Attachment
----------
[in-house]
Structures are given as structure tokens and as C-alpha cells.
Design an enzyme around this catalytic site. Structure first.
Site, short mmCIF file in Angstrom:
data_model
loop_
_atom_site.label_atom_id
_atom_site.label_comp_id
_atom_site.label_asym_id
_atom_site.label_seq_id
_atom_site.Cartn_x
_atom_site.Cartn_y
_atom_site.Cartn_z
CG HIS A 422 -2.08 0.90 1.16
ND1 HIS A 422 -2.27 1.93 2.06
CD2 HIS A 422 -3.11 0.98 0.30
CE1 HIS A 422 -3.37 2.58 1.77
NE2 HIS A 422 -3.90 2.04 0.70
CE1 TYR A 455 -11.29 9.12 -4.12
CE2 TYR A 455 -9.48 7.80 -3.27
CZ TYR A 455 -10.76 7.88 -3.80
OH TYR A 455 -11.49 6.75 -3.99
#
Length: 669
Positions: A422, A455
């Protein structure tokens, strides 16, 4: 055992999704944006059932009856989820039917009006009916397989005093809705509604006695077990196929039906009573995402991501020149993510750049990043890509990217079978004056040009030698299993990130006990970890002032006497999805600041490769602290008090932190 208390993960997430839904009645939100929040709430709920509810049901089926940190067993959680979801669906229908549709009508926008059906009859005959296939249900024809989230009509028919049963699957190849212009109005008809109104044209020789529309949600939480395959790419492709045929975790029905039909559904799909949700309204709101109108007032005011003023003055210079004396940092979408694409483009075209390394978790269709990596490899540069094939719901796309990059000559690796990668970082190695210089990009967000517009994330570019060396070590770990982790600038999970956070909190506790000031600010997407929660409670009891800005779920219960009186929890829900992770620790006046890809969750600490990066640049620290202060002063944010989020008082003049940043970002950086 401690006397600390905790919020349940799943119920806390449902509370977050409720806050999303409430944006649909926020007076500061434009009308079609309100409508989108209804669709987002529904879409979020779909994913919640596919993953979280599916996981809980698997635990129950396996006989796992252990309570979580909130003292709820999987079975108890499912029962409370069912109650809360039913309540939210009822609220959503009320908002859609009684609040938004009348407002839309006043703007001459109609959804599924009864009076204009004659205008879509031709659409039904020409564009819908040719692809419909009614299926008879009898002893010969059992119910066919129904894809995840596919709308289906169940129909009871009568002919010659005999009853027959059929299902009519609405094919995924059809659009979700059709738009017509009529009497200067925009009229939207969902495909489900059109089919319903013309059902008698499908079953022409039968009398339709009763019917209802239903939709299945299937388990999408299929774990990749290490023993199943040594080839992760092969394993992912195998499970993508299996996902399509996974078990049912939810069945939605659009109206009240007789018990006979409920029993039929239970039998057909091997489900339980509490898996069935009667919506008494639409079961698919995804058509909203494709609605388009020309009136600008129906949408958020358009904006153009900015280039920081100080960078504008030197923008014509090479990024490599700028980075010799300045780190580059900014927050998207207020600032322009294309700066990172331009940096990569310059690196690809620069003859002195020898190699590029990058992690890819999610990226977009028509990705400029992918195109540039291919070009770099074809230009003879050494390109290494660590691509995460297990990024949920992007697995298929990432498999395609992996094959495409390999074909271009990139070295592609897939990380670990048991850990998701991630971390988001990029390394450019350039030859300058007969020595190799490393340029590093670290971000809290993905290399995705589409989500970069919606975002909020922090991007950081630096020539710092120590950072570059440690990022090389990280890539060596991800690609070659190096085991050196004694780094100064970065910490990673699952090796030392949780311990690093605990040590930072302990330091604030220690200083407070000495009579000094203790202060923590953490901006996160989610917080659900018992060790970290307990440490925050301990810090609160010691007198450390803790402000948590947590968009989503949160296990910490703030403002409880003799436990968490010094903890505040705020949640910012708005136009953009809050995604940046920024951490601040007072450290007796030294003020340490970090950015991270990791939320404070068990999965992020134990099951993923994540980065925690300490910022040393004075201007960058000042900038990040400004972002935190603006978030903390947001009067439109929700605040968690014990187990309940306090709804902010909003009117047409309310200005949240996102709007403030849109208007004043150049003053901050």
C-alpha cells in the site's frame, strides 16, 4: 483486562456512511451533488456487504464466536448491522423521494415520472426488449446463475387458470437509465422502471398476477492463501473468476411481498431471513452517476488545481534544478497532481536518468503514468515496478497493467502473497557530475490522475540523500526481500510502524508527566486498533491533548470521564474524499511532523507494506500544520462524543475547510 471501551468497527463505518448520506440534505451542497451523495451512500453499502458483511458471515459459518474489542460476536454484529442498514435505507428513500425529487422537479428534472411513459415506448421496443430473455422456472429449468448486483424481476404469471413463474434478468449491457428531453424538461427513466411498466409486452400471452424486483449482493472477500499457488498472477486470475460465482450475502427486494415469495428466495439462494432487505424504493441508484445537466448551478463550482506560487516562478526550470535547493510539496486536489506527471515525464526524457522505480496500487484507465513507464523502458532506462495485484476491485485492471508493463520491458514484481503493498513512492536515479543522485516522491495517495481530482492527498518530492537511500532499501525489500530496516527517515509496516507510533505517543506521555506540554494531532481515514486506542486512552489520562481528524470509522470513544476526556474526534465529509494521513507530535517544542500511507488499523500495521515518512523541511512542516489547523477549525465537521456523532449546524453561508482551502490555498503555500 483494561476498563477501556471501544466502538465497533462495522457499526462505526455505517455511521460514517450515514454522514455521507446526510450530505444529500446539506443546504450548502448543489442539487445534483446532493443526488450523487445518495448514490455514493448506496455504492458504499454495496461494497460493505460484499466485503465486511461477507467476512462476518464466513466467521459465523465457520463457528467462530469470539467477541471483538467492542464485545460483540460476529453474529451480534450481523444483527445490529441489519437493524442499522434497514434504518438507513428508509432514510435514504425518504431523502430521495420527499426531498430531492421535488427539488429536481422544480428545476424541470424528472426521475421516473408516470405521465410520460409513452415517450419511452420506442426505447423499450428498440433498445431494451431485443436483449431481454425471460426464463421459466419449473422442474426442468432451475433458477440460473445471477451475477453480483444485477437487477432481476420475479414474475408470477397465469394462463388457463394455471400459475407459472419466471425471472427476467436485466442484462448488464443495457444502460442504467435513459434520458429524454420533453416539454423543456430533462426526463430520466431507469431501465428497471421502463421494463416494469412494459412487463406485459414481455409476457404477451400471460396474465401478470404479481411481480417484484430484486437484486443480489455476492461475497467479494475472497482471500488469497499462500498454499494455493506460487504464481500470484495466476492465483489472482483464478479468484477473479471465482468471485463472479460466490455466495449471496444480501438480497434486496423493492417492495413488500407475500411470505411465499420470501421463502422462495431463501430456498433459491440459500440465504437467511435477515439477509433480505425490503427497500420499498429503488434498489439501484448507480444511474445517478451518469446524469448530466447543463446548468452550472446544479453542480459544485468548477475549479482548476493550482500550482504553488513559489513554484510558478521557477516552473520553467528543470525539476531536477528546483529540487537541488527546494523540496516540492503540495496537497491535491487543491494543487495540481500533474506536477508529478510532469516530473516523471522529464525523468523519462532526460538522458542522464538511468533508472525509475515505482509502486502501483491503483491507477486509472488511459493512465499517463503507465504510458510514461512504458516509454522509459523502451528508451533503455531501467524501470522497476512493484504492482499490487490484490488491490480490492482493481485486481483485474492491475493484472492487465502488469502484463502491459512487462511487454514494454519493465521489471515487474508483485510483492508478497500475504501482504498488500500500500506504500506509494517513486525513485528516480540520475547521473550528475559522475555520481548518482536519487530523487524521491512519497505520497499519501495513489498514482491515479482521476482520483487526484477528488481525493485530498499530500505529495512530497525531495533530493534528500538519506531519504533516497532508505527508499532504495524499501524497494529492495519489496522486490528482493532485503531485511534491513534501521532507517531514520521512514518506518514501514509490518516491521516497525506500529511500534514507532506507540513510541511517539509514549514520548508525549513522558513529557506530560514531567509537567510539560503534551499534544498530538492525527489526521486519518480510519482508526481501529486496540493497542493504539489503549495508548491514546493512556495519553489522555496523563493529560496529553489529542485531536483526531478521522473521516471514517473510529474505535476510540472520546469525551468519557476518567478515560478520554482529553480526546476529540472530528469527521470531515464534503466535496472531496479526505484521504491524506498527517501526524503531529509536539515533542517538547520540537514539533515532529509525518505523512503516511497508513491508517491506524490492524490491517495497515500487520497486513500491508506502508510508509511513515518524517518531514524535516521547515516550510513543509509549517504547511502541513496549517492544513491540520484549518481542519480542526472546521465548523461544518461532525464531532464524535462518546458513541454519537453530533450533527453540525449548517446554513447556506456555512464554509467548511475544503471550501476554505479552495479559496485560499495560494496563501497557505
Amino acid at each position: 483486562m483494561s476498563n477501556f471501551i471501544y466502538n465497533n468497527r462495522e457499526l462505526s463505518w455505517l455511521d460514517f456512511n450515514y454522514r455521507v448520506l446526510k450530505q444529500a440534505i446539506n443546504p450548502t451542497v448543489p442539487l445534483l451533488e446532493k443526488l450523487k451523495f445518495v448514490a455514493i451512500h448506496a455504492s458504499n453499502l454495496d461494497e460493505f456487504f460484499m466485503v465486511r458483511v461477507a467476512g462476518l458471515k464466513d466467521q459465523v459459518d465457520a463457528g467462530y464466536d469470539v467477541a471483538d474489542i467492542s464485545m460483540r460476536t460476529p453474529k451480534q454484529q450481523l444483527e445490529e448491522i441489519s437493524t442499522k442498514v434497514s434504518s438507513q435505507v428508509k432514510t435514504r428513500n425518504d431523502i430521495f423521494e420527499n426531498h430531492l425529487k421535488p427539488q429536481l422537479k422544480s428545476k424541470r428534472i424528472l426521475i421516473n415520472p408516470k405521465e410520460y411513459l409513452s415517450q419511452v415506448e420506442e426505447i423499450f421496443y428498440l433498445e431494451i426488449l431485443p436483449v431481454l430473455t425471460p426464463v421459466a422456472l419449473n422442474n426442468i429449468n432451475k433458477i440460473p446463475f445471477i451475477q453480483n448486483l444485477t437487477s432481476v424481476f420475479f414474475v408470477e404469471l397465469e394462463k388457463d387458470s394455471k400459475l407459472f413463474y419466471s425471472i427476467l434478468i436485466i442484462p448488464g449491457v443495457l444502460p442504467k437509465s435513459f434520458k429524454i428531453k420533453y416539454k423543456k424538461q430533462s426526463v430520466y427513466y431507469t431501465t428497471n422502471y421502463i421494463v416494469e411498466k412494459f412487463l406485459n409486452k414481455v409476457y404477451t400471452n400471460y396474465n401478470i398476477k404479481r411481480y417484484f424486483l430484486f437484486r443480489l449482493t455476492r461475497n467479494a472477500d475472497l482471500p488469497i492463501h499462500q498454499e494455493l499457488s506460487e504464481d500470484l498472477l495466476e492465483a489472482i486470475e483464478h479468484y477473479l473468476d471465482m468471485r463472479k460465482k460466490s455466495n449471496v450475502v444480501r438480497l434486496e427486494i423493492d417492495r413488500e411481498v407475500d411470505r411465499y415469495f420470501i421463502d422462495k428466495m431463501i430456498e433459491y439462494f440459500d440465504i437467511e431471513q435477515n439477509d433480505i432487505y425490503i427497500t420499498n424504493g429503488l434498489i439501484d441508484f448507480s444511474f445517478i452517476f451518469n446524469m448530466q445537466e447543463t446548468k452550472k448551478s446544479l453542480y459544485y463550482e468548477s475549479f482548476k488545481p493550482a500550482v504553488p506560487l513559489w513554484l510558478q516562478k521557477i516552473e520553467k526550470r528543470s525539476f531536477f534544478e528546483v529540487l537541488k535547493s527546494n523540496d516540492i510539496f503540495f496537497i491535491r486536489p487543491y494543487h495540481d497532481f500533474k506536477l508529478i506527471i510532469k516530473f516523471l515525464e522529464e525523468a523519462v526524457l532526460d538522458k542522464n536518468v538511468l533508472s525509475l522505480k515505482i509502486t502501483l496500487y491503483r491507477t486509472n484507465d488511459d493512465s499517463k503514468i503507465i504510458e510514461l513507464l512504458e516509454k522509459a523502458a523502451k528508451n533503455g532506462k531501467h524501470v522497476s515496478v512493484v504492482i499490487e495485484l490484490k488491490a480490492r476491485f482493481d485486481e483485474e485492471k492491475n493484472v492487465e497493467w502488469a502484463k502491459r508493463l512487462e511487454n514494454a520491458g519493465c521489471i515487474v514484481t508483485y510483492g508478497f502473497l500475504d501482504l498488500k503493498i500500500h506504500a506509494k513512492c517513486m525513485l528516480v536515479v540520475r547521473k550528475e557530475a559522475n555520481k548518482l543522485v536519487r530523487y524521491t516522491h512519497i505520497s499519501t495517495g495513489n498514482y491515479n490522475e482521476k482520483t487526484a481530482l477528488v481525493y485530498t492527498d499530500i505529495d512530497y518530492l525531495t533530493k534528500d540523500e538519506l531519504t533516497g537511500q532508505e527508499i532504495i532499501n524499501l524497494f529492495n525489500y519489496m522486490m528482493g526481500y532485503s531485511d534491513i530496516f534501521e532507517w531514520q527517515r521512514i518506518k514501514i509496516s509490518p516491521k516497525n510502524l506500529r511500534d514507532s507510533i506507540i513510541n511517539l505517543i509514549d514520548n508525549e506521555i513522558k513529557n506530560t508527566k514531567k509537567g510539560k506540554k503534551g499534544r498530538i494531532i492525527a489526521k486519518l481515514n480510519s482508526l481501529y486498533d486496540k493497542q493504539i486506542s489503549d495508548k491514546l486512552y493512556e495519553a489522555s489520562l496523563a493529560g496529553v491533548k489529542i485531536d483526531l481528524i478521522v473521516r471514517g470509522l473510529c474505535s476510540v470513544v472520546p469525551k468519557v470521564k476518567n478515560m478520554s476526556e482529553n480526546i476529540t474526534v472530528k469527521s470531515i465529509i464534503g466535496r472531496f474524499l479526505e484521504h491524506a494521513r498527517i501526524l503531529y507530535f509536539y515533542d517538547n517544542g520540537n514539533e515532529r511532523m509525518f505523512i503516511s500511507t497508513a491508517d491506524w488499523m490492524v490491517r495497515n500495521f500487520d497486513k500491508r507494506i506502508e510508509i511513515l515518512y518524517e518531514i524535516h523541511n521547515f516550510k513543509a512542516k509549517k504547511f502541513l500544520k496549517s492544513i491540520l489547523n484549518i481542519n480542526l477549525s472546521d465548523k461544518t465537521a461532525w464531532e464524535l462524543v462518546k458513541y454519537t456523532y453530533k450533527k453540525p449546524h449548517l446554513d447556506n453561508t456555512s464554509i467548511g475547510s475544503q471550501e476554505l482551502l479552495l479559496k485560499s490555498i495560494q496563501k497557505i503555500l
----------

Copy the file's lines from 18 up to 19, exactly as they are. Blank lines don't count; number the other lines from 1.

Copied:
NE2 HIS A 422 -3.90 2.04 0.70
CE1 TYR A 455 -11.29 9.12 -4.12